First openly gay NCAA Division II basketball player comes out in essay


Derek Schell, a 22-year-old athlete from Michigan’s Hillsdale College, came out as the first openly gay NCAA Division II Basketball player in a first-person essay for Out Sports.

“My friends, my parents, my sister, my teachers—everyone expected me to be an all-star, to help lead the basketball team to a state championship and to date a pretty girl,” Schell wrote on October 8. “I wanted people to accept me and to embrace me, so I let those expectations take control.”

Like many closeted members of the gay community, coming out was a stressful period, which led to anxiety and depression for Derek. 

”Who I was becoming contradicted who I thought I was supposed to become,” Schell added. “The beginning of my sophomore year of college, the only way I felt comfortably being myself was online. I met the person that I care for most in this world, my boyfriend Kevin. We have been together for two years. I began to realize that my life was my own. There was no more time for living in the hopes of pleasing others and living up to any one person’s or any societal expectation.”

The first people he came out to were his immediate family, followed by his close peers and classmates. Only in September did Schell finally come out to his teammates and his coach.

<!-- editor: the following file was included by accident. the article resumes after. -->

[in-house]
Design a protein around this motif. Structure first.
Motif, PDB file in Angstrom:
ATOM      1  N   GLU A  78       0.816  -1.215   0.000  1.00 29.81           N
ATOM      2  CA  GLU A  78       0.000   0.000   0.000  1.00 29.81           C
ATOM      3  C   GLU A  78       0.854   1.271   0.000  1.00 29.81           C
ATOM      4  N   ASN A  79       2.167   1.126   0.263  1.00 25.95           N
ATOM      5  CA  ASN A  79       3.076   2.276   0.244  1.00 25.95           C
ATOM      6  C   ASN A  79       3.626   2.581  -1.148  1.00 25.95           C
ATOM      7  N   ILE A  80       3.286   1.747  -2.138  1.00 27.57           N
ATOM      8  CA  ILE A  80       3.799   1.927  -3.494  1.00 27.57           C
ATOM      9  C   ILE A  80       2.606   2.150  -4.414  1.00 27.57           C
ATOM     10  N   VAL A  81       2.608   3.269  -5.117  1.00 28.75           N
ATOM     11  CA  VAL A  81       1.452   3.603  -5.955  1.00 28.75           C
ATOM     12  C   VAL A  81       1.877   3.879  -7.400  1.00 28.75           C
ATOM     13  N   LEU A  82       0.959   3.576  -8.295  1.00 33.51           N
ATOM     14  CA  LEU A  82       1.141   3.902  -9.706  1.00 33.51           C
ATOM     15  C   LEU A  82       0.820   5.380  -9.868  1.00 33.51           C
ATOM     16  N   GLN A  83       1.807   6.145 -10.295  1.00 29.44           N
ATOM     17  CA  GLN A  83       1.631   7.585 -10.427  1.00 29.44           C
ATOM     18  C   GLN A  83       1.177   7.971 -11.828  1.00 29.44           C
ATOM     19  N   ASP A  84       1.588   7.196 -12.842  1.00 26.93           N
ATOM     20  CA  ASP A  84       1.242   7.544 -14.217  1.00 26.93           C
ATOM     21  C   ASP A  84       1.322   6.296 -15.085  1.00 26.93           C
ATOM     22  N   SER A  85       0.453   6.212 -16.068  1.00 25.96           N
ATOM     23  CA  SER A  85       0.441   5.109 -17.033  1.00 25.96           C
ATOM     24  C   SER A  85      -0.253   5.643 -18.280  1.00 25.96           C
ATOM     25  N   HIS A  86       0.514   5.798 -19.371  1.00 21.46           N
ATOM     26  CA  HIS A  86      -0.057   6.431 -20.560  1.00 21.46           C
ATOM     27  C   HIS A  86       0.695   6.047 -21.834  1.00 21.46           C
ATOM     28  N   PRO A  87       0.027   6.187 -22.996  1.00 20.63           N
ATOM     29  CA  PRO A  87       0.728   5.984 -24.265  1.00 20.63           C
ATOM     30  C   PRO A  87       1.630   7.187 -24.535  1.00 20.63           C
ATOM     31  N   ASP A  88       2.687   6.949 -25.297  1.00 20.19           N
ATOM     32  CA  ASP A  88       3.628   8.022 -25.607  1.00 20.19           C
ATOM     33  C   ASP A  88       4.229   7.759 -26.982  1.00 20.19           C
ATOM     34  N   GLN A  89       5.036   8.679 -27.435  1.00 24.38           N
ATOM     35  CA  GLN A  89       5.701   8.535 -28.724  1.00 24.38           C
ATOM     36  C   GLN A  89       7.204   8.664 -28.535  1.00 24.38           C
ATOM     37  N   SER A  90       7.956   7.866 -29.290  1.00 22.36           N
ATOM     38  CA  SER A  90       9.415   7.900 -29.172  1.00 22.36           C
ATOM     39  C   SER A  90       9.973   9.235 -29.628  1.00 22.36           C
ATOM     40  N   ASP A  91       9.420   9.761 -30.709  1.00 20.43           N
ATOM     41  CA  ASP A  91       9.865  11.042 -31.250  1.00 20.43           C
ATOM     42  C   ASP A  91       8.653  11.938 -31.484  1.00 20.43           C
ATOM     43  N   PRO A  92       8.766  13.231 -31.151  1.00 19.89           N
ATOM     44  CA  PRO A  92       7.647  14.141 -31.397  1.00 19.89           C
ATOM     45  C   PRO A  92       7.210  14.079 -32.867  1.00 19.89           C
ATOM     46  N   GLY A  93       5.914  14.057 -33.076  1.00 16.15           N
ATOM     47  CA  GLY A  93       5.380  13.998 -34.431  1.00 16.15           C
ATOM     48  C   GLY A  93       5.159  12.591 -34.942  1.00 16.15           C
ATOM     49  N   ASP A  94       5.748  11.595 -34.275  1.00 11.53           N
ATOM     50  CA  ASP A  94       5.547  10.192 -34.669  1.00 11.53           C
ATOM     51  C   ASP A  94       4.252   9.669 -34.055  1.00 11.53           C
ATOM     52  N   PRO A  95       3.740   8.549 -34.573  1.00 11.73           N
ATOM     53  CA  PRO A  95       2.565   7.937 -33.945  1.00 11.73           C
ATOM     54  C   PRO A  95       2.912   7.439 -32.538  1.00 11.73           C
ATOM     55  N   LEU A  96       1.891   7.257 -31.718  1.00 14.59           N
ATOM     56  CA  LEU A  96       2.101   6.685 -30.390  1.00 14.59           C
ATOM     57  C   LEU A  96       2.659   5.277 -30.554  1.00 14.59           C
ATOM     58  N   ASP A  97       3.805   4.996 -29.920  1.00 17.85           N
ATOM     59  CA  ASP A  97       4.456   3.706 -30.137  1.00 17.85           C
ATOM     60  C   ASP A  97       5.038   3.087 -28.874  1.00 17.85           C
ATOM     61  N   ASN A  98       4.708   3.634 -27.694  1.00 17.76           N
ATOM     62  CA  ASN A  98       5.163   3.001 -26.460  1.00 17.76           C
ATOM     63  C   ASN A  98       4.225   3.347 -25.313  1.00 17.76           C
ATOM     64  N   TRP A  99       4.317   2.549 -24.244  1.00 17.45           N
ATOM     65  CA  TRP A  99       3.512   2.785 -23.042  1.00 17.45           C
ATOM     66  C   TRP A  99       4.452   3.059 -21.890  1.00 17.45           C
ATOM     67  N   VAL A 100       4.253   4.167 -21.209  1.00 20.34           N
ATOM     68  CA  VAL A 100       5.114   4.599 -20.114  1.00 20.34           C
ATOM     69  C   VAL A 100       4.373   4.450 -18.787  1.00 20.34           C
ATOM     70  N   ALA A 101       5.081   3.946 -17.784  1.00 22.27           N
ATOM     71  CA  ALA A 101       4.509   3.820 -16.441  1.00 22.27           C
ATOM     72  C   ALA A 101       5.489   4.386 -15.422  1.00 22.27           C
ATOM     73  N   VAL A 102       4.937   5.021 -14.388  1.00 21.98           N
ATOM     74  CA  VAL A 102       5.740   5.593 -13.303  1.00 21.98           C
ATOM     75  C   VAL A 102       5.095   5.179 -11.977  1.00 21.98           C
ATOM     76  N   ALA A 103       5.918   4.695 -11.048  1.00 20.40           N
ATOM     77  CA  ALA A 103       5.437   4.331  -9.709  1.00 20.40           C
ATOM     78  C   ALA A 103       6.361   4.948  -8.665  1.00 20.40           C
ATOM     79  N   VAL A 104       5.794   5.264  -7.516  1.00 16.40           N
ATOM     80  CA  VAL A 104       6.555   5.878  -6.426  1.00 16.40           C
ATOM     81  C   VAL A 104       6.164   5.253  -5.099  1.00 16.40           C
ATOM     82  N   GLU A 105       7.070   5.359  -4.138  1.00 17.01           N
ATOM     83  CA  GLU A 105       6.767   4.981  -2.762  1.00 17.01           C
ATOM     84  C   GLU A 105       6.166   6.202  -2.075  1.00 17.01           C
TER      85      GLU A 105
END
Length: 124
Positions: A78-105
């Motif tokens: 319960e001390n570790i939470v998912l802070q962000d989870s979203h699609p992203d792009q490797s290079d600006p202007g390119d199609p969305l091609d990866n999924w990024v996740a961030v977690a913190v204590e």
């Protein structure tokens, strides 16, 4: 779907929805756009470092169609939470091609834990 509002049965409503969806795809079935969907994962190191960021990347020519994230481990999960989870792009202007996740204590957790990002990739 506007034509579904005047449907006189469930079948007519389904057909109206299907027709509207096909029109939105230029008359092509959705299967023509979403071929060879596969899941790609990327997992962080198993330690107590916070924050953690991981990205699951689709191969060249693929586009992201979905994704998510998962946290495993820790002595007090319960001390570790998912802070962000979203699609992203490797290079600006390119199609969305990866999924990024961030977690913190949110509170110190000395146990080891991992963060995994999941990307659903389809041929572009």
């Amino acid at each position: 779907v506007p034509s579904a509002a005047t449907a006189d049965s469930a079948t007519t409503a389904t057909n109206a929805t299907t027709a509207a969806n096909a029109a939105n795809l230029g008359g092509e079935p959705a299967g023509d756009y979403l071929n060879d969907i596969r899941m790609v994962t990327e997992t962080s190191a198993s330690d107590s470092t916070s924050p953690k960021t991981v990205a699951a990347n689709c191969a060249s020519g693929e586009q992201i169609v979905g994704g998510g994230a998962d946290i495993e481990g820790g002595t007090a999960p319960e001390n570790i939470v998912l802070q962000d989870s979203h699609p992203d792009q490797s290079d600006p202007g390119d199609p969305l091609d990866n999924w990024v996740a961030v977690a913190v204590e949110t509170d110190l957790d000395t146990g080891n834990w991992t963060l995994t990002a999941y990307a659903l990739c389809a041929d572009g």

“They all respected me and recognized that nothing had changed and I was the same teammate and friend that I was before,” Schell says. “Despite attending a conservative college, I have been accepted for who I am by those on my team and others close to me.”

In his essay, he gives inspirational advice for anyone still closeted or struggling with his or her sexuality: 

Sometimes the darkest times in life are only doorways to the best moments of your life, the ones you were meant to experience and live to see. I wanted to do this so that the generations to follow have an example; so that the younger LGBT youth who live afraid of who they are becoming can know they have nothing to fear and they are perfect the way they are. My challenge to you, whoever is reading this, is to be honest with yourself and how you’re feeling. God doesn’t make mistakes. Don’t keep saying you’re fine. You can be who you are and still be an athlete. You can do all the things you want to do and live a beautiful life that you’ve imagined for yourself. Find your peace of mind knowing you are giving your best self to the world. Be brave. Be love. But most of all, be you.     


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